Wed, 31st Oct 2012 12:00

Maritime and Scientific Models, Instruments & Art (Cochrane)

  Lot 17


OLIVIER LE MAY (1734-1797)<br/>An English Squadron...

Sold for £4,464
Estimated at £3,000 - £5,000

(Please note the sold price includes buyer's premium at 24%)

Condition report
Gallery condition (cleaned and re varnished)

We are pleased to provide you with a general report of the condition of this property. Since we are not professional conservators or restorers, we urge you to consult with a restorer or conservator of your choice who will be better able to provide a detailed, professional report. Prospective buyers should inspect each lot to satisfy themselves as to condition and must understand that any statement made by Charles Miller Ltd is merely a subjective, qualified opinion. Prospective buyers should also refer to any Important Notices regarding this sale, which are printed in the Sale Catalogue. NOTWITHSTANDING THIS REPORT OR ANY DISCUSSIONS CONCERNING A LOT, ALL LOTS ARE OFFERED AND SOLD “AS IS” IN ACCORDANCE WITH THE CONDITIONS OF BUSINESS PRINTED IN THE SALE CATALOGUE.

OLIVIER LE MAY (1734-1797)
An English Squadron of the Red encountering multiple water spouts, probably off Gibraltar, whilst in pursuit of a Spanish armed merchantman
Signed 'O Le May' (lower left on stern of principal two-decker)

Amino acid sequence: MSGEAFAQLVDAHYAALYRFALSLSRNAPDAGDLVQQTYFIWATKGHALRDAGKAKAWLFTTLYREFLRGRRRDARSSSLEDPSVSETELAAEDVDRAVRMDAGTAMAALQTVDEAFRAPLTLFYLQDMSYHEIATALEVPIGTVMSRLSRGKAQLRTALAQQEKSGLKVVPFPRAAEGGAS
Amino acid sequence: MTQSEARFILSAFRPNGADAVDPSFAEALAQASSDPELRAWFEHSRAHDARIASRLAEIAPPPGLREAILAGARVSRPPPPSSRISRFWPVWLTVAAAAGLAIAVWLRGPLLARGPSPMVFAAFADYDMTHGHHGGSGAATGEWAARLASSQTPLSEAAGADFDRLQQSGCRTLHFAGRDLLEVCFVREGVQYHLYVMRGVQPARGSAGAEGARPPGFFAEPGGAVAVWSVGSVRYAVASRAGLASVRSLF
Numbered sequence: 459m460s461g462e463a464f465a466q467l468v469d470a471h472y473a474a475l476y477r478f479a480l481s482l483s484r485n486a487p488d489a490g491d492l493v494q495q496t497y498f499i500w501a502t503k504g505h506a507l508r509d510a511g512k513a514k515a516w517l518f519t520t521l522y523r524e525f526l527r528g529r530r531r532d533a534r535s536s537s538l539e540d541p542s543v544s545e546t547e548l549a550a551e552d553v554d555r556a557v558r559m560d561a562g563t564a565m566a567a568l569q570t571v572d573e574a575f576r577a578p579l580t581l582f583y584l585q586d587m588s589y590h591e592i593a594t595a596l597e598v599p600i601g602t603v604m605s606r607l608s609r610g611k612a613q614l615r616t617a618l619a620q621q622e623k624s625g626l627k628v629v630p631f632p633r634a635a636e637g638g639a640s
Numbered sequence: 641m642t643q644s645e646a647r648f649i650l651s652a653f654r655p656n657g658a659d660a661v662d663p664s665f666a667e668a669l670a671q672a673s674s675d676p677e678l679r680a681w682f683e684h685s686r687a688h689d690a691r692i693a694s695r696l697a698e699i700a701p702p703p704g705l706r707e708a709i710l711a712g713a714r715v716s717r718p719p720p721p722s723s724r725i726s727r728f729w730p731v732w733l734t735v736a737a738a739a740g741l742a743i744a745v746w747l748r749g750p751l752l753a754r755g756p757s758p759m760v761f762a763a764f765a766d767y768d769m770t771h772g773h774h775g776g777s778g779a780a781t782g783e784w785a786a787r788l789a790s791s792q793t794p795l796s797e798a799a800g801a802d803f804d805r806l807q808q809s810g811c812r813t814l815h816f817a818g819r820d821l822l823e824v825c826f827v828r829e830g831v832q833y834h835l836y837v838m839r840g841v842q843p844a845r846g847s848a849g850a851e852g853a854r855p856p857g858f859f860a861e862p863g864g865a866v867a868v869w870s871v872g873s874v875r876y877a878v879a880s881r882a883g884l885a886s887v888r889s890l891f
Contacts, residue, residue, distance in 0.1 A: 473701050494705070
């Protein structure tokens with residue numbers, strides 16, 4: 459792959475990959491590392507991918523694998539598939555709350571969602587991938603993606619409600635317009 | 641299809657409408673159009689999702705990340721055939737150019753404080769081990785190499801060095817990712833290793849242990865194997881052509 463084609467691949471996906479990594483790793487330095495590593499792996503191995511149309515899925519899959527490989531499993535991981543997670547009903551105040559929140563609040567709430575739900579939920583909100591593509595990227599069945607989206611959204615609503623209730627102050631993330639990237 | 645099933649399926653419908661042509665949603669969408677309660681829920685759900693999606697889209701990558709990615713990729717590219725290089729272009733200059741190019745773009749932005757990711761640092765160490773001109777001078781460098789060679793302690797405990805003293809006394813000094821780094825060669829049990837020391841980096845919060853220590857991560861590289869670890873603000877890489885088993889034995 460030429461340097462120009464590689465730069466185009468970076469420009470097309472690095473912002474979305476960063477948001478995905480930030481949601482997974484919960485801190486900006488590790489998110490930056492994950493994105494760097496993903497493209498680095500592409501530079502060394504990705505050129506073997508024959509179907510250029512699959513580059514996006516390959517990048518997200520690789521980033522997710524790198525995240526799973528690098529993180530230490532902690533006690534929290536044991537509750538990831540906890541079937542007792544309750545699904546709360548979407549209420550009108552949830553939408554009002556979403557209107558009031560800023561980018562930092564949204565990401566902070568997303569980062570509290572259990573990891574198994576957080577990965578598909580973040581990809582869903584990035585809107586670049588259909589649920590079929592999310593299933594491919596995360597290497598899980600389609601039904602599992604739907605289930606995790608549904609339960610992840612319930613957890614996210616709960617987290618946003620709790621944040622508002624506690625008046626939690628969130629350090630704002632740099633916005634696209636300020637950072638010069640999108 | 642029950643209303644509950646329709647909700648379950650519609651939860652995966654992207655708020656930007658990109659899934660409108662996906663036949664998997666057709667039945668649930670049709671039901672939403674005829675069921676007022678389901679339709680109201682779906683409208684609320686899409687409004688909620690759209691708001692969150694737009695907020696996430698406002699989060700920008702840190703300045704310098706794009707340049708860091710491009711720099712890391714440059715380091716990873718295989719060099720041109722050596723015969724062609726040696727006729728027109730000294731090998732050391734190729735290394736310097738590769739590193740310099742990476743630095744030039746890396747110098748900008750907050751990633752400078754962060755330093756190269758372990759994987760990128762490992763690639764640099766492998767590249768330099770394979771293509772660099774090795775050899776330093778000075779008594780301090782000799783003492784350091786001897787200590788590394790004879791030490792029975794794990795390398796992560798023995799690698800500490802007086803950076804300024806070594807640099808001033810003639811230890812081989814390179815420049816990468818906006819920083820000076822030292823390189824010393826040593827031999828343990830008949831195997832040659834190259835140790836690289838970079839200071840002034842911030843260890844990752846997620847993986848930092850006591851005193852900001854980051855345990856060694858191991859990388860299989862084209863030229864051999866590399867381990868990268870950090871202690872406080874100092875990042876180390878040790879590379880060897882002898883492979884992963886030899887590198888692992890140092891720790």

Oil on canvas
19½ x 29in. (49.5 x 73.7cm.)

This intriguing scene undoubtedly records an incident which has yet to be properly identified. Frustratingly, the artist has signed the picture where the most obvious clue - the vessel's name - might have been put. However, the vessel apparently aground under the headland, is flying a white flag with a red saltire - although Ireland was not fully part of the Union of Great Britain at that time, neither did she maintain a significant navy, merchant or otherwise; The most likely candidate would seem to be the "Ragged Cross" flag. This 'Cross of Burgundy' as it is also known, was in use as the Spanish naval ensign between 1506-1701, and as a Biscayan merchant ensign between 1511 and 1830. If this is indeed a Spanish armed merchantman run ashore by British vessels intent on booty, there are several Wars which would have provided them with a suitable excuse, however the looming headland in the middle distance looks distinctly like the famous Rock of Gibraltar which has served as a notorious flash-point between Great Britain and Spain ever since it was handed over in perpetuity by the Treaty of Utrecht in 1713.